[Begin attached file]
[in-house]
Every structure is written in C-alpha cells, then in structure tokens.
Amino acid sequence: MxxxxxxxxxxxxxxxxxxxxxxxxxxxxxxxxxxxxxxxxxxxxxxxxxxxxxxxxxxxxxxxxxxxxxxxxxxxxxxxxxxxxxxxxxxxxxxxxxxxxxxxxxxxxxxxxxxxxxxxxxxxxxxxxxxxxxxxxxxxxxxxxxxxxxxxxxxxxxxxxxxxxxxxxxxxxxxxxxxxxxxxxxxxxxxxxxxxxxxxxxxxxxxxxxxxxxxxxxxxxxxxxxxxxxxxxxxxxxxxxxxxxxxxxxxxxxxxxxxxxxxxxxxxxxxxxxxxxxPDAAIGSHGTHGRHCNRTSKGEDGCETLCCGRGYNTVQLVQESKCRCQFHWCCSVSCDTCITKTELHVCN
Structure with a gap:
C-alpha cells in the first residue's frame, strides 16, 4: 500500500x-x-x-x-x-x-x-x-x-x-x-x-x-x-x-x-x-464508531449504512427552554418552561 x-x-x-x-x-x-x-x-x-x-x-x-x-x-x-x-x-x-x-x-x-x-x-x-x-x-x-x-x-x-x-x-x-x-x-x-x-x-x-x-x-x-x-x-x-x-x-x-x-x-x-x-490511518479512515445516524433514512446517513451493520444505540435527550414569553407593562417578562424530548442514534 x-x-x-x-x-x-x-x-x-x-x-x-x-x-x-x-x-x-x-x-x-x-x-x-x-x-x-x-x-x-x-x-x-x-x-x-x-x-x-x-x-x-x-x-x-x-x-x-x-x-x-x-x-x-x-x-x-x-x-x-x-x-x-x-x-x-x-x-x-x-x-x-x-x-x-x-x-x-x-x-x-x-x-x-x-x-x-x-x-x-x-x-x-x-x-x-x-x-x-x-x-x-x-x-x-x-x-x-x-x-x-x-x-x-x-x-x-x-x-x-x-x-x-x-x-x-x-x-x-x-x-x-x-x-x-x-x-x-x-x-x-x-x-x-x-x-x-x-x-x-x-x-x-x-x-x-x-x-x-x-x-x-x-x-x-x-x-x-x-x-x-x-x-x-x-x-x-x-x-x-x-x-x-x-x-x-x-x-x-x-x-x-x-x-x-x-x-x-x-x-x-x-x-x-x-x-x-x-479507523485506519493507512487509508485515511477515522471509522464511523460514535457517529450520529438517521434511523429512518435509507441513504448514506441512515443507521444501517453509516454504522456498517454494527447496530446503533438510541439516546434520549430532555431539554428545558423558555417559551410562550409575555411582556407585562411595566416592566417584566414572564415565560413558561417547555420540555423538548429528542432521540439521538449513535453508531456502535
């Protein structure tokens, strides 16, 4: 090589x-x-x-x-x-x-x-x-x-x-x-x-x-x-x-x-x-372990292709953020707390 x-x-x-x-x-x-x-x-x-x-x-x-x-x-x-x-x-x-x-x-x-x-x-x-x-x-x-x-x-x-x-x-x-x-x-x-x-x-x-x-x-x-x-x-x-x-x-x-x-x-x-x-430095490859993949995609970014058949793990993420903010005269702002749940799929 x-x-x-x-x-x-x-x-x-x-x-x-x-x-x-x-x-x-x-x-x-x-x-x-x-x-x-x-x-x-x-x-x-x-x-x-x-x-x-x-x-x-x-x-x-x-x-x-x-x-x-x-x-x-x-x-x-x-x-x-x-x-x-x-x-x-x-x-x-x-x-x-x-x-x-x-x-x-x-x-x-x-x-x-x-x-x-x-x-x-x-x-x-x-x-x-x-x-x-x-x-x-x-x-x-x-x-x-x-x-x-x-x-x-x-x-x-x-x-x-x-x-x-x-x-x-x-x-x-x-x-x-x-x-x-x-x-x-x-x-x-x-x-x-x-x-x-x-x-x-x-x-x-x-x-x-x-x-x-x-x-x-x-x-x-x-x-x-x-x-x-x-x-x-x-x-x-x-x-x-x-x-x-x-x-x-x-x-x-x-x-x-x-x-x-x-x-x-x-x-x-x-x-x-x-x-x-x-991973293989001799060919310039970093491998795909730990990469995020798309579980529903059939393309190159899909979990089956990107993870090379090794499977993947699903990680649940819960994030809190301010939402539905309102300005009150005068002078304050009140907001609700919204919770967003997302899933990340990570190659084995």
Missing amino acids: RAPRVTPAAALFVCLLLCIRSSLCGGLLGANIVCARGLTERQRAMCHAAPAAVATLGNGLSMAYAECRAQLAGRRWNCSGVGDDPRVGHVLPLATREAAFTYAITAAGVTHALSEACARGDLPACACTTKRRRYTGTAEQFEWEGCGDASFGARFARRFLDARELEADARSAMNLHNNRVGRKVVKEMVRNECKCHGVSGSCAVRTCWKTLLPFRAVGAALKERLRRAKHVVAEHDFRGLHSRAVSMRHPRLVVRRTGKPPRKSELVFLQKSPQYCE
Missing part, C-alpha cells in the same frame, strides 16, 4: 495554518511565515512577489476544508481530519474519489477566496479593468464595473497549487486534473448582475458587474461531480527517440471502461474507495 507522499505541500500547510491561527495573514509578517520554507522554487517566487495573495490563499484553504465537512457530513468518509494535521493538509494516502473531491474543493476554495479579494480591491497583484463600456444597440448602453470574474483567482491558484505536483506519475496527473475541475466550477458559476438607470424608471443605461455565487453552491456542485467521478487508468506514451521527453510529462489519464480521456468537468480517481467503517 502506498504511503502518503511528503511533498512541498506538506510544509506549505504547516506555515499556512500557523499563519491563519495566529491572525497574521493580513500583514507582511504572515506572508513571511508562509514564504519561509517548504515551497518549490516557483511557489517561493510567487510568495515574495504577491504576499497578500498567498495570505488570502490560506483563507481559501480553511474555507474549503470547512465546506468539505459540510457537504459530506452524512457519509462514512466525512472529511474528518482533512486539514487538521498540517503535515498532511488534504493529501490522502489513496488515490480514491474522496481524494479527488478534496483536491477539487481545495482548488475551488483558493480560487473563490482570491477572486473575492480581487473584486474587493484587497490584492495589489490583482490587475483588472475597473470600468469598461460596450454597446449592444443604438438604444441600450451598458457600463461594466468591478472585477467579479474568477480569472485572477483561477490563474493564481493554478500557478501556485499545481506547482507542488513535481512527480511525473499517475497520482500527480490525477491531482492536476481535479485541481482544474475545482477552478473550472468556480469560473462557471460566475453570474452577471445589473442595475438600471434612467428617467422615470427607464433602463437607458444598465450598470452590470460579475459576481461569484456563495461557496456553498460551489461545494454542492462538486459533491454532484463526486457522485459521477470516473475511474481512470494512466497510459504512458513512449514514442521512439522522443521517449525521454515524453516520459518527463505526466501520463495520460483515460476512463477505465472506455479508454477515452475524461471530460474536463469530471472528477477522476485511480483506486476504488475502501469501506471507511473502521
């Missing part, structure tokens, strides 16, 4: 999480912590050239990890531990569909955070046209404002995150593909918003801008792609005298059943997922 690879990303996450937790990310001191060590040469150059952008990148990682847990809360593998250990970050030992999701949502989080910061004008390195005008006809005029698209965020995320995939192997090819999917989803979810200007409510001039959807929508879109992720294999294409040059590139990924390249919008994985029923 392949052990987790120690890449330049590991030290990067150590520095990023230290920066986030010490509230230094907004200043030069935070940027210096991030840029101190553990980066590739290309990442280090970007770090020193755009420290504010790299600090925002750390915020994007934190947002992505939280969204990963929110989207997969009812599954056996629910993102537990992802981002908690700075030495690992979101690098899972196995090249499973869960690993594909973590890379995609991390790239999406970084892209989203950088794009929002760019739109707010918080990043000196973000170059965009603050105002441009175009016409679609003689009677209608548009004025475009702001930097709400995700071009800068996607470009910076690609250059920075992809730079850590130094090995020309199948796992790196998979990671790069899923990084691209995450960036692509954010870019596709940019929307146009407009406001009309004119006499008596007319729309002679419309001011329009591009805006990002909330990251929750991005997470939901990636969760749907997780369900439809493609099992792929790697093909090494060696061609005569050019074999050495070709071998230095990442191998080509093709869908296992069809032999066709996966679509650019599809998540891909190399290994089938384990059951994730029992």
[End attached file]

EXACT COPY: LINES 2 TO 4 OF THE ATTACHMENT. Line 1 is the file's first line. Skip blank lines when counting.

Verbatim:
Every structure is written in C-alpha cells, then in structure tokens.
Amino acid sequence: MxxxxxxxxxxxxxxxxxxxxxxxxxxxxxxxxxxxxxxxxxxxxxxxxxxxxxxxxxxxxxxxxxxxxxxxxxxxxxxxxxxxxxxxxxxxxxxxxxxxxxxxxxxxxxxxxxxxxxxxxxxxxxxxxxxxxxxxxxxxxxxxxxxxxxxxxxxxxxxxxxxxxxxxxxxxxxxxxxxxxxxxxxxxxxxxxxxxxxxxxxxxxxxxxxxxxxxxxxxxxxxxxxxxxxxxxxxxxxxxxxxxxxxxxxxxxxxxxxxxxxxxxxxxxxxxxxxxxxPDAAIGSHGTHGRHCNRTSKGEDGCETLCCGRGYNTVQLVQESKCRCQFHWCCSVSCDTCITKTELHVCN
Structure with a gap: